A spokesperson for the US administration expressed the frustration with the lack of appreciation for all the efforts that America has put into maintaining a functioning hegemonic order in the region: ‘We have tried everything: invasions, assassinations, sanctions, coups, backing dictators, drone attacks.. but do we ever get any recognition or gratitude for our efforts? No, we don’t. All we get is criticism and constant opposition. How can we be expected to play our imperialist roles convincingly with all this negativity? Enough is enough.’
The US decision to quit the Middle East has taken both its allies and foes by surprise and there were panicked responses across the region. A Saudi official regretted the US decision but was confident the administration will change its mind. ‘The US and Saudi Arabia have a long friendship based on sharing the same values, America was founded as a puritanical religious society. We’re natural allies.’ An Iranian official meanwhile declared that this is a great victory for the resistance camp but nevertheless thanked the US for its policies which contributed to significant Iranian expansion in recent years.
Israeli Prime Minister Benjamin Netanyahu however downplayed the impact of this move on his country saying: ‘We are not in the Middle East, everybody knows that we are in the Eurovision song contest, I am sure the US will continue to be our friend for decades to come, we are part of Europe. Not the Middle East. Netanyahu stressed this point several times, before muttering something about bombing Iran and ending his speech.
It is understood that the US will close down all its embassies and sell them to developers who are interested in turning them into shopping centres and entertainment complexes. A spokesman for the company said that they expect this venture to be very popular with the public noting that the buildings will continue to have large numbers of people queuing in front of them for hours, ‘just like now’.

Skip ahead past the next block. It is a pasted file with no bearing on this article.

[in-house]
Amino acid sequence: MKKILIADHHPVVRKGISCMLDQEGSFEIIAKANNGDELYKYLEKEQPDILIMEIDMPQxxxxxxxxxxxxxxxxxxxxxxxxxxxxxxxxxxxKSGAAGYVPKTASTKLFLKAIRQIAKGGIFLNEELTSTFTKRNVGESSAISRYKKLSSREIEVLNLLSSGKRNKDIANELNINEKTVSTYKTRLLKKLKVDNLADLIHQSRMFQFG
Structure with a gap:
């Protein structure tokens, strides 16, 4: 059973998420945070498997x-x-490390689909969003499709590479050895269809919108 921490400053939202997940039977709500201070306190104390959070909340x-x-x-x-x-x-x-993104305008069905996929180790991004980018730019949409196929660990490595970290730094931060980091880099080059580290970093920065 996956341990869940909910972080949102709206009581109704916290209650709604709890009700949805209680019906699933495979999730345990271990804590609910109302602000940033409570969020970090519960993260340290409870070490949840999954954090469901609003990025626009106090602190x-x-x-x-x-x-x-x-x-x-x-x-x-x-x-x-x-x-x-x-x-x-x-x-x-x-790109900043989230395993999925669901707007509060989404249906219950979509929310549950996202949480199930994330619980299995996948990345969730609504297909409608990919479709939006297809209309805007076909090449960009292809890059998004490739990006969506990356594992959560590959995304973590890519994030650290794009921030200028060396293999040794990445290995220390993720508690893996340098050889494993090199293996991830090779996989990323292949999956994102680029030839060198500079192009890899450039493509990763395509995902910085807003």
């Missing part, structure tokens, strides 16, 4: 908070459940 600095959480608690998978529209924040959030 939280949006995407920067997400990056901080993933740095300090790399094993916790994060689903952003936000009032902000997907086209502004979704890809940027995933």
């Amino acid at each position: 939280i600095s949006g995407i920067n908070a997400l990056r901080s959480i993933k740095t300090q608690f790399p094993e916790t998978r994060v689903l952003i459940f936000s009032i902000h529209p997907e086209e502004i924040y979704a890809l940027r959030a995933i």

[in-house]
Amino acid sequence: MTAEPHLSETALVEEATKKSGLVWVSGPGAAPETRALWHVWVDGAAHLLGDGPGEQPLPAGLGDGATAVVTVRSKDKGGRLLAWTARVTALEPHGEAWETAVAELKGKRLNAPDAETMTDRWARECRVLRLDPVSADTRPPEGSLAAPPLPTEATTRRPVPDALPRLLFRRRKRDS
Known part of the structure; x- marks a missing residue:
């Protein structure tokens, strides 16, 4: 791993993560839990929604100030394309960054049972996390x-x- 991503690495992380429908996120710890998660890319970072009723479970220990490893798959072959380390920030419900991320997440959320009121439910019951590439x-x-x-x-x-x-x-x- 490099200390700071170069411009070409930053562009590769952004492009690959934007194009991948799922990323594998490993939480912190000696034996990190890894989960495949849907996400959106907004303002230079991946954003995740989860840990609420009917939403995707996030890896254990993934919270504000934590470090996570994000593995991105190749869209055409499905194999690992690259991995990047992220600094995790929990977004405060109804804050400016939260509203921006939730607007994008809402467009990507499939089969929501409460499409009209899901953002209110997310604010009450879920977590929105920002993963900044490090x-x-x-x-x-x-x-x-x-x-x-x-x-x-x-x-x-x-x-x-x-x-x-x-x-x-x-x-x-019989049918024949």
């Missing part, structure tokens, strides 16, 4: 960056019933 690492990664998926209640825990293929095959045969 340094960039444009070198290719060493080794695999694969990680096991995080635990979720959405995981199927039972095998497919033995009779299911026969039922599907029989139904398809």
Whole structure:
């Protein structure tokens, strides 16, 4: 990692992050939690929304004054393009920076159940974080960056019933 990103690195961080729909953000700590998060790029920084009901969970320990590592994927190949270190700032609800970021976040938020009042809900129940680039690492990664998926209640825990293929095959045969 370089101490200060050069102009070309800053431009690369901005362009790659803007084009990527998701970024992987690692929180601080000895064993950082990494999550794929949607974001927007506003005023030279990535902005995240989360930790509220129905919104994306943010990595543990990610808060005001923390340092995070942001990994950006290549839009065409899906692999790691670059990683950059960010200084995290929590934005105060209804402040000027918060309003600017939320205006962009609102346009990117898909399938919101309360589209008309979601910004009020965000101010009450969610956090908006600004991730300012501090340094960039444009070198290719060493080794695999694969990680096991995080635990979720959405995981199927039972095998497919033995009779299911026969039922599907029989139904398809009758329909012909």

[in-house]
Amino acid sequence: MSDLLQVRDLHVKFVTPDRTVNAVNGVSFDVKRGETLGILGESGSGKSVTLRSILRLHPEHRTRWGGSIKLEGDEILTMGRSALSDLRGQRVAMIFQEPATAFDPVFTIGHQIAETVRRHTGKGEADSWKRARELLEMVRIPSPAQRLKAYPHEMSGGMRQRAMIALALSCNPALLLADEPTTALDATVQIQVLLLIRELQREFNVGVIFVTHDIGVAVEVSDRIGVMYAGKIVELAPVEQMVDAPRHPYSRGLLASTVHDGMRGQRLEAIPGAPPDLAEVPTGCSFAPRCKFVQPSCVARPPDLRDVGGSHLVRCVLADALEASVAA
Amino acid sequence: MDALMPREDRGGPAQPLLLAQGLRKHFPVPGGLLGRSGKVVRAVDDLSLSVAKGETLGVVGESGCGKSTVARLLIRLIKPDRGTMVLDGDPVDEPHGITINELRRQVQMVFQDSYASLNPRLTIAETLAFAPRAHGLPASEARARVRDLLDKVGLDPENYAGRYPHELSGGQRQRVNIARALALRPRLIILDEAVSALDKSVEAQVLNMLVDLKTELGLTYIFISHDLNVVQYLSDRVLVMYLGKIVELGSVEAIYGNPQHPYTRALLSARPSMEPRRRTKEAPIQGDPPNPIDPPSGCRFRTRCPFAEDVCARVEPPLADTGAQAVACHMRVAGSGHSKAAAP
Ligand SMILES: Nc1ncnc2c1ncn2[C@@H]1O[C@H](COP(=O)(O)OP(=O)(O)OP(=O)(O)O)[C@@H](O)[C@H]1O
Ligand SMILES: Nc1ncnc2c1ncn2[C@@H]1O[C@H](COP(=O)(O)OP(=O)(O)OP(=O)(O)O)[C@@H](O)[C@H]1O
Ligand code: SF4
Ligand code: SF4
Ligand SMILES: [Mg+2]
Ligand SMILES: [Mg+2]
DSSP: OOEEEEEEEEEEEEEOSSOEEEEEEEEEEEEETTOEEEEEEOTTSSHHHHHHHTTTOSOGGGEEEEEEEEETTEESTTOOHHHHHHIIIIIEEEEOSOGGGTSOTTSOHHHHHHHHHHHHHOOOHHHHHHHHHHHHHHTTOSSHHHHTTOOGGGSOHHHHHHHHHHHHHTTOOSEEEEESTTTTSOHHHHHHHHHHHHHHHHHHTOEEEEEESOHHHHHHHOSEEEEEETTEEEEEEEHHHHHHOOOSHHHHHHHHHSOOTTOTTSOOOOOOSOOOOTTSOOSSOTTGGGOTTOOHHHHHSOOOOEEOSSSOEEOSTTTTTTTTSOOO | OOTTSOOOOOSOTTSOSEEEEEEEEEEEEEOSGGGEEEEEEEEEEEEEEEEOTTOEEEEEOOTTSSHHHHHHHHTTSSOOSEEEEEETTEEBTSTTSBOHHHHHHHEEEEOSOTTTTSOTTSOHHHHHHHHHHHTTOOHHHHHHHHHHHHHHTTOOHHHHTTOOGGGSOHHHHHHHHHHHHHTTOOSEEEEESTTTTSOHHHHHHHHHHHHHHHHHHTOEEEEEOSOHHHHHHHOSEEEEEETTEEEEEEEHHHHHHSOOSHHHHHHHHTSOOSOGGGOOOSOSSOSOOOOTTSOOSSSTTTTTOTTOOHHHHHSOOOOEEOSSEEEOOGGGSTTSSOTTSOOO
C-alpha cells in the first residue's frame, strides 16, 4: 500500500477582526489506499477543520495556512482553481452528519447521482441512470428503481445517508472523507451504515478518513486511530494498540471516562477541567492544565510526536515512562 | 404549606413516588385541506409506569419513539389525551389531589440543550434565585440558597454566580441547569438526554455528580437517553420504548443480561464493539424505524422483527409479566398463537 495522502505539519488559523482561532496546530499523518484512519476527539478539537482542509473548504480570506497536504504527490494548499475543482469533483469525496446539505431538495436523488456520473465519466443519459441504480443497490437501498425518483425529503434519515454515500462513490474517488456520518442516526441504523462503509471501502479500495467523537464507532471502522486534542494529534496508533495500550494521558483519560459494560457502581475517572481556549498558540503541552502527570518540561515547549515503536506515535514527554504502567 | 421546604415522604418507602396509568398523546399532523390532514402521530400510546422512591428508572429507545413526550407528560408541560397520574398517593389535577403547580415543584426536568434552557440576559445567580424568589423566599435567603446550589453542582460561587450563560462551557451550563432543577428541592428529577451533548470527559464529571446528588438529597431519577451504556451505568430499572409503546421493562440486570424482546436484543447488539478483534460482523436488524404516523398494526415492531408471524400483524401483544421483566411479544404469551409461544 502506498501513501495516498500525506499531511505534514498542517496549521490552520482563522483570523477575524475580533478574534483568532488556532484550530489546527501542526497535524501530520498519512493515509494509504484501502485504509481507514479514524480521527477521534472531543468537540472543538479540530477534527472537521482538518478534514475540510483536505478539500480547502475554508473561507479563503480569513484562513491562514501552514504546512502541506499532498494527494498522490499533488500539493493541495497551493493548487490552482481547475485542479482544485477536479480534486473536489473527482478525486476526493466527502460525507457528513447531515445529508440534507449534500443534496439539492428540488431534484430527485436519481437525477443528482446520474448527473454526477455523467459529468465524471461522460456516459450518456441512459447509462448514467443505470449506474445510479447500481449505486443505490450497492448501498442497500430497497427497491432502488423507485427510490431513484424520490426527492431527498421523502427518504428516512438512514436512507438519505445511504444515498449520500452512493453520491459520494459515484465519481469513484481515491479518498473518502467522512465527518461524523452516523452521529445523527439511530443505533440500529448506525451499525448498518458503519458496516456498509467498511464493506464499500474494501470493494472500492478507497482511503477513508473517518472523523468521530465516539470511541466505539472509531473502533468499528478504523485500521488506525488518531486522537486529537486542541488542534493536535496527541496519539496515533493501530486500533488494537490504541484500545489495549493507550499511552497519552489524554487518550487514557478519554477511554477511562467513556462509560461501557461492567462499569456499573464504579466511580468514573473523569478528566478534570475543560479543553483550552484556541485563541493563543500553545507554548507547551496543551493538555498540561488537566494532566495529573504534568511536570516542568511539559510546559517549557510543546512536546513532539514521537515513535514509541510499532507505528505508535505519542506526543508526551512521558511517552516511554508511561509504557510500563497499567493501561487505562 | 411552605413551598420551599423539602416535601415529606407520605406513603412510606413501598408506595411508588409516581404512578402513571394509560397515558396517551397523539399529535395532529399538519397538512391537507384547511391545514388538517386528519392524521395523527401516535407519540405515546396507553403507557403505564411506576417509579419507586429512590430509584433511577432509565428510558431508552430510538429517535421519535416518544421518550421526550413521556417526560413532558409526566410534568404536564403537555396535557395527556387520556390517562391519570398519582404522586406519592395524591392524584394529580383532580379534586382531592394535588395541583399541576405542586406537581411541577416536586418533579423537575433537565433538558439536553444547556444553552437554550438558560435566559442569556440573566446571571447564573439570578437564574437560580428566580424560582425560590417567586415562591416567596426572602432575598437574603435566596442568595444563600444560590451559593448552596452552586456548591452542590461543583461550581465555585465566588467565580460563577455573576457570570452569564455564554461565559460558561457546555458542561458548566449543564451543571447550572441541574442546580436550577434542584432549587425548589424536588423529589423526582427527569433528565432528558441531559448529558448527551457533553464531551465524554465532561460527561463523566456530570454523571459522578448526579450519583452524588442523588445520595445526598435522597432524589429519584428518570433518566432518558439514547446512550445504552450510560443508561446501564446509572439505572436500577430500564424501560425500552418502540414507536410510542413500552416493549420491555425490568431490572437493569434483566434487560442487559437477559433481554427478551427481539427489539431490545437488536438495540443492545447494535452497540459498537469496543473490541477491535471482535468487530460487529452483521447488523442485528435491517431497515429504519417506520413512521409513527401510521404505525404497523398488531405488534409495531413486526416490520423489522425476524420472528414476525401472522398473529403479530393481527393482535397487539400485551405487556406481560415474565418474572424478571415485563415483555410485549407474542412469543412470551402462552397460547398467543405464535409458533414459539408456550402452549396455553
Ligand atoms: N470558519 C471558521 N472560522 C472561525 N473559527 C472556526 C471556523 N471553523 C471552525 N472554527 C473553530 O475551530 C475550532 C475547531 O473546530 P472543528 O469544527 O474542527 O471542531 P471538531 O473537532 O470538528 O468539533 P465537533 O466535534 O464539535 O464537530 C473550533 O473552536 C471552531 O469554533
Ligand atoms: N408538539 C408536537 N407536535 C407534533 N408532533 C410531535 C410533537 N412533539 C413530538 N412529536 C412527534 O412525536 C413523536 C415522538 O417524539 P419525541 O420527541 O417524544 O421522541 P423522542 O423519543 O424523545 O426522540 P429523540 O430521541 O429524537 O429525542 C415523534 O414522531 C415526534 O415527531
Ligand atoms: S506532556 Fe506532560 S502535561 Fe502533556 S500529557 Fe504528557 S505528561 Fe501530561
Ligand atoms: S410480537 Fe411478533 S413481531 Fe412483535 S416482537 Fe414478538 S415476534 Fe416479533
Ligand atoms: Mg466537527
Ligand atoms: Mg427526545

A leading Lebanese left-wing daily however accused the US of faking its retreat in order to ‘escalate in secret its ongoing conspiracy against the Arab people’. The newspaper claimed the US is behaving like a shopper who pretends he is leaving the shop when haggling only to be asked back by the shopkeeper, adding that the ‘filthy shopkeeper governments of the reactionary regimes will beg the US to come back.’
The US spokesperson declared that from now on the US will concentrate on areas that are more appreciative of its attention like Latin America and Eastern Europe, where the US has a long tradition of ‘aggressive relation-building programmes’ which have suffered due to disproportionate US attention to the Middle East.
Speaking on the condition of anonymity and in a rare moment of complete honesty, a US policymaker admitted: "There was a gradual realisation that we didn't really know what we were doing there. I won't say this in public, but we have been improvising for decades and we can't keep the appearance any more. It doesn't help that Arabic is so difficult to learn."
People across the Middle East had mixed feelings about the US departure. As a young man from Jordan put it: ‘it is a relief not to have the meddling US interfere in our affairs any longer, but it will be more difficult to get a visa to immigrate to the US now’. Many across the region shared this sentiment.